As for Galleria Vittorio Emanuele, it is a girl’s paradise (and a guy’s worst nightmare). Milan is well known as one of the fashion capital of the world and short of going to the outlets, this is where you can find all your LVs, Gucci, Prada, Versace, all rolled into one location. As it was Christmas season, there were also many other pushcart stalls selling food and Christmas stuff alongside the Duomo walking path. It was a great festive occasion and we were so glad to be part of it. To get away from the crowds, shoppers can also choose to go further down and away from the main shopping belt. Just follow the direction of the tram line and you can still find an amazing array of shops.
We also covered the La Scala Opera house, a place where all classical music and opera lovers must go. During, non performance, it also doubled up as a small museum, mainly with portraits of famous composers and opera singers. We also had a chance to step inside a box seat without paying for the box seat price and were lucky enough to catch an orchestra preparing themselves during rehearsal.
On the last night of our trip, we went to the canal near our apartment. It was packed with festive activities as we took a slow walk and immersed ourselves into the Christmas spirit.
With this, our 12 days tour concluded and it was time to pack our bags and feelings to return home.
Milan is a much easier city to navigate than Rome with its clearer signage. Also with trams travelling all over the city, it makes every part of the city easily connectable. All attractions mentioned above can be easily be reached by Metro. Single ticket, costs $1.50, valid for 90 minutes from first use. A 24-hour ticket can be purchased from any Metro or Tabacchi shop at Euro $4.50 (note the urban fare limit though. Some stops not covered although most tourists will not go there anyway). Two day pass cost about 8 Euros (can’t remember the exact price)
Here are my thoughts on this beautiful country
Surprisingly, most Italians speak at least some basic English. They are also willing to reply in English. I had initially thought they are unwilling to speak English even if they can do so. Also some English words are similar sounding to Italian so some words you can second guess their meaning. I finally understand why Italian managers like Claudio Ranerie and Fabio Capello who ply their trade in the English football are able to hold press conferences in decent English a matter of months. Most restaurants we visit also have menu in Italian and English. So language is never an issue in Italy as long as you understand your ABCs
Traffic & Directions / Cars
Italy is a pedestrian’s dream. Most walking streets only have the occasional car. Traffic lights and zebra crossings are plenty. Also drivers are slow and they will give way to pedestrians, unlike in China or India where cars do not give way and it is the pedestrian that has to give way!
As for directions, it is compulsory to carry a map and make sure the Group has someone who can read maps and has a good sense of direction. Even this does not help though as signage can be sparse and maps not as detailed so sometimes asking locals for directions is also necessary. Most locals we meet are willing to assist.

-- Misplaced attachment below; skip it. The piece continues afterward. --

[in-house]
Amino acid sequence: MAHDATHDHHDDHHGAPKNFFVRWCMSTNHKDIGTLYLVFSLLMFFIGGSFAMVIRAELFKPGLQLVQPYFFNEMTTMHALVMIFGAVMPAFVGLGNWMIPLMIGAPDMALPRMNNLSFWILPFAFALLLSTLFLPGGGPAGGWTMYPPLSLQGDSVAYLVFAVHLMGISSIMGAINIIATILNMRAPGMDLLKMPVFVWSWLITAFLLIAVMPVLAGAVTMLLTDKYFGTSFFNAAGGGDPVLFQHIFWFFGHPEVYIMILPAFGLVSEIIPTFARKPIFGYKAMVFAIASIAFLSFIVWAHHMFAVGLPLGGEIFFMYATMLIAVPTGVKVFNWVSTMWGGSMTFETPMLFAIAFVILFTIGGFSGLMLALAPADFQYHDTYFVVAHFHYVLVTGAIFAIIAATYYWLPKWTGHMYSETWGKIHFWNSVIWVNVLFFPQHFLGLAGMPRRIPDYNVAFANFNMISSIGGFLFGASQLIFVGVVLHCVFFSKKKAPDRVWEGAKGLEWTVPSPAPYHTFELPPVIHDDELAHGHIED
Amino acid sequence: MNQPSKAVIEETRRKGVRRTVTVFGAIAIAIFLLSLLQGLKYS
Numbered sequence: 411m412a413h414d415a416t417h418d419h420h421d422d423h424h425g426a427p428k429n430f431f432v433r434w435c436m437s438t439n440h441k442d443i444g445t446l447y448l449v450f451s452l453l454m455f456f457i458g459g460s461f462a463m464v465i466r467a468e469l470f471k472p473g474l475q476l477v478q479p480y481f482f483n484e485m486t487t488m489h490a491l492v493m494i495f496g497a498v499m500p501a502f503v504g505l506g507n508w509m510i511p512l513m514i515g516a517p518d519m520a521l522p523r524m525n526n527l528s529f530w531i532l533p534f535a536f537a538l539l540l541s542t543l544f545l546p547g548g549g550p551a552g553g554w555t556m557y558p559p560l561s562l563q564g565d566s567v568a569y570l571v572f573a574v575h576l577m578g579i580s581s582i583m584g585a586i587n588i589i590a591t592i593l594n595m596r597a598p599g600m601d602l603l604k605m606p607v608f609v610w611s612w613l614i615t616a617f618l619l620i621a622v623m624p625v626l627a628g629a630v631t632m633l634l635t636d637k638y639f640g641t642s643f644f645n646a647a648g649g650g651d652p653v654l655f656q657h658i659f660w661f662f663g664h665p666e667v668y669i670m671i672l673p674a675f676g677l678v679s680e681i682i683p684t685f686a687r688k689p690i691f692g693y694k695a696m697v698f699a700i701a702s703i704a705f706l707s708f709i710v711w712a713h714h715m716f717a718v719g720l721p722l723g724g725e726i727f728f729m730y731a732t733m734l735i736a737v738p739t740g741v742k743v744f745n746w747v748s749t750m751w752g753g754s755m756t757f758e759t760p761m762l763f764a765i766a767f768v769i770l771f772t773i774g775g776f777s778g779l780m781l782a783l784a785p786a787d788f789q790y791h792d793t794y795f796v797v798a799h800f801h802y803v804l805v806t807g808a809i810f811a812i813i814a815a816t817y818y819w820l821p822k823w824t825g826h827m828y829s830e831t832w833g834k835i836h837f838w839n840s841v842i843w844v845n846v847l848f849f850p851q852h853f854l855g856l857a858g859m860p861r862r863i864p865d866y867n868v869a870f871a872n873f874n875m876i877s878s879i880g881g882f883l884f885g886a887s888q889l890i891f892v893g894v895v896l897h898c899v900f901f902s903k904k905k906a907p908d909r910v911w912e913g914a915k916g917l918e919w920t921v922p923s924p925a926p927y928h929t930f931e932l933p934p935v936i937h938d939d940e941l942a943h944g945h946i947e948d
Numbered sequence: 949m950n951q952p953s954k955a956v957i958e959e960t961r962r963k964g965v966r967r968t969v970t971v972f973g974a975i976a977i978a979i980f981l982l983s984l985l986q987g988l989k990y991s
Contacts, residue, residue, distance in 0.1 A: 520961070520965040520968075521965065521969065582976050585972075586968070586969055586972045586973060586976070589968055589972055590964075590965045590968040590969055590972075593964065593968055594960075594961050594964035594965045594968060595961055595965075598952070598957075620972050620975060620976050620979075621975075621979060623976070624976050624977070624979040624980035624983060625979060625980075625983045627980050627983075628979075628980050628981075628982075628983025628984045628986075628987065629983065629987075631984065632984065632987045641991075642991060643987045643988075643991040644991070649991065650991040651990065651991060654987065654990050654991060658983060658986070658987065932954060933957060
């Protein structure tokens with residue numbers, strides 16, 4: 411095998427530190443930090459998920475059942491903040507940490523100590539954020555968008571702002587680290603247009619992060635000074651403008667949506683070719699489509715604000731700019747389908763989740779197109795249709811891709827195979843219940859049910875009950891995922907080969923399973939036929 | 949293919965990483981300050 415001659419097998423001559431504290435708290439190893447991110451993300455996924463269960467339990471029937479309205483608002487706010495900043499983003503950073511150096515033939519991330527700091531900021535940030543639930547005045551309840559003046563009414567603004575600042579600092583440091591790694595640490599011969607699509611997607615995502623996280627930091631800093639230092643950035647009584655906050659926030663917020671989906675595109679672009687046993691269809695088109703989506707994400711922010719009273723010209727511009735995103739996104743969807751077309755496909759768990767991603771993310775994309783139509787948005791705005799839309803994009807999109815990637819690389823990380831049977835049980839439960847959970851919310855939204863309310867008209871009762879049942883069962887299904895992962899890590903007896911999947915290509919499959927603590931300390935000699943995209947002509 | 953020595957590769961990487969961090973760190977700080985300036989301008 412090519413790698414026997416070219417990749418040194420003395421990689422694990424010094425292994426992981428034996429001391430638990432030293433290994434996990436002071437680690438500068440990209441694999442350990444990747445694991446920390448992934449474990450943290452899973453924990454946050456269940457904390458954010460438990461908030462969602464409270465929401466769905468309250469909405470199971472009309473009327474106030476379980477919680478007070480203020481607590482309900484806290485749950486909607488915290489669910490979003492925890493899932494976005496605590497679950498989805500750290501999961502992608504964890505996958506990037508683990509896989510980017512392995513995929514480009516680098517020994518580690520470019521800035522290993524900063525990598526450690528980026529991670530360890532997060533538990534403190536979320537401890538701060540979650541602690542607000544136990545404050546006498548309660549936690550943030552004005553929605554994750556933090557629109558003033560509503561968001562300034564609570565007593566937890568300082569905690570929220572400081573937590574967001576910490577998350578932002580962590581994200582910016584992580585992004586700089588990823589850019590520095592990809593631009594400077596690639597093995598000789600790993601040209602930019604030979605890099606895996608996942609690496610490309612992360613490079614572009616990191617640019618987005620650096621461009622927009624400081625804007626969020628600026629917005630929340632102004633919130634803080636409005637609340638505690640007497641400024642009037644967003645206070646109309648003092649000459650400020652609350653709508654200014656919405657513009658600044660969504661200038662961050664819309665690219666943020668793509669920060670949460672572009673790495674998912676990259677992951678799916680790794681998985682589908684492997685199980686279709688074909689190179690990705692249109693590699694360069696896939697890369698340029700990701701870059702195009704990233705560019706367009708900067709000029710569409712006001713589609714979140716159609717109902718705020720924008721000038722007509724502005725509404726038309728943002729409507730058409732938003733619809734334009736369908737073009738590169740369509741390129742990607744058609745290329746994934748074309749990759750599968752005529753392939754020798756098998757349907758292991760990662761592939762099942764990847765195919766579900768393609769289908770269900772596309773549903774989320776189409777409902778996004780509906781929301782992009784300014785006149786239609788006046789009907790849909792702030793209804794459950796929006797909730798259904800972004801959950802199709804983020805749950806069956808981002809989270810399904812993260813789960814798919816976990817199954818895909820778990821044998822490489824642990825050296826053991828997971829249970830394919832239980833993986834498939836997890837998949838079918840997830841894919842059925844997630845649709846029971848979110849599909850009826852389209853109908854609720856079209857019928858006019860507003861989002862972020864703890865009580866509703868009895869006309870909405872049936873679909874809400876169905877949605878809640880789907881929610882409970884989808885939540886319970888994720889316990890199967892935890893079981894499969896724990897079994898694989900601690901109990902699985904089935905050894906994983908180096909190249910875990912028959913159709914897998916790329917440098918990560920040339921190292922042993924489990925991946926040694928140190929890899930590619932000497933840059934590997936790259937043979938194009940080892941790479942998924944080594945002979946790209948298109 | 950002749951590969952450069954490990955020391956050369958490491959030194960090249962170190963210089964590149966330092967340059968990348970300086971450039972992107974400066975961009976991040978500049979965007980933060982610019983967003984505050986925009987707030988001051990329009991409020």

Another observation is that Italians love their hatchbacks and small cars. We saw so many on the roads. Not sure why. Maybe someone can enlighten me?
As for inter-city train journeys, it is pretty straightforward. Just make sure you locate the correct platform (information can be gathered from the departure schedule, similar to the ones you check for airplane departure), followed by the correct coach number (note trains have repetitive seat numbers but differentiated by different coach numbers). There are occasional delays but overall, the train departure timing is accurate. So do not come rushing in at the last minute. And it is good to arrive at least 15 minutes before departure since different train stations have different layouts so you need to know where the platforms are located at each individual station. Lastly do not ever throw away your train ticket until you alight from the train as these are subject to checks by the train master. But after one experience, you will be an expert in taking trains!
Pizza, sandwiches, pasta and spaghetti is the staple diet. Don’t expect to find rice. In cities like Florence it is possible to find Chinese food given the large Chinese community (expensive though). And we also find a lot of Japanese restaurant so you can go to one if you miss Asian food.
Definitely worth trying is gelato. Back home, I hardly try them but in Italy they are plenty and they are all appetizing. Even thought the weather is cold, it is irresistible to have one once per day. A small cone costs about $1.50 to $3 with some shops offering two to three scoops so be sure to hunt around before buying
Geleto in Florence
And of course who can forget cheap wine! It is a pity my Group does not drink so we didn’t buy any. Just make sure not to get a hangover before the next day’s travelling schedule.
Lastly who can resist cheap chocolates? I myself also bought at least 10 bars during the trip!
It is noted in some café or bar, do note you are levied a cover charge for using a table. It ranges from $1 to $3 per person. That is why in some cafe or bar you find a lot of standing customers drinking coffee or having a sandwich and the tables empty!
Being a country that produces so many master artists with some of the greatest masterpieces of the world, Italy is a country that can really draw. Graffiti, or street art, seems to be prevalent and the authorities are pretty relaxed about this. Some can be really nice while others can be an eyesore or attributed to vandalism. And interestingly, trains are also not spared. I wonder how SMRT will feel about this?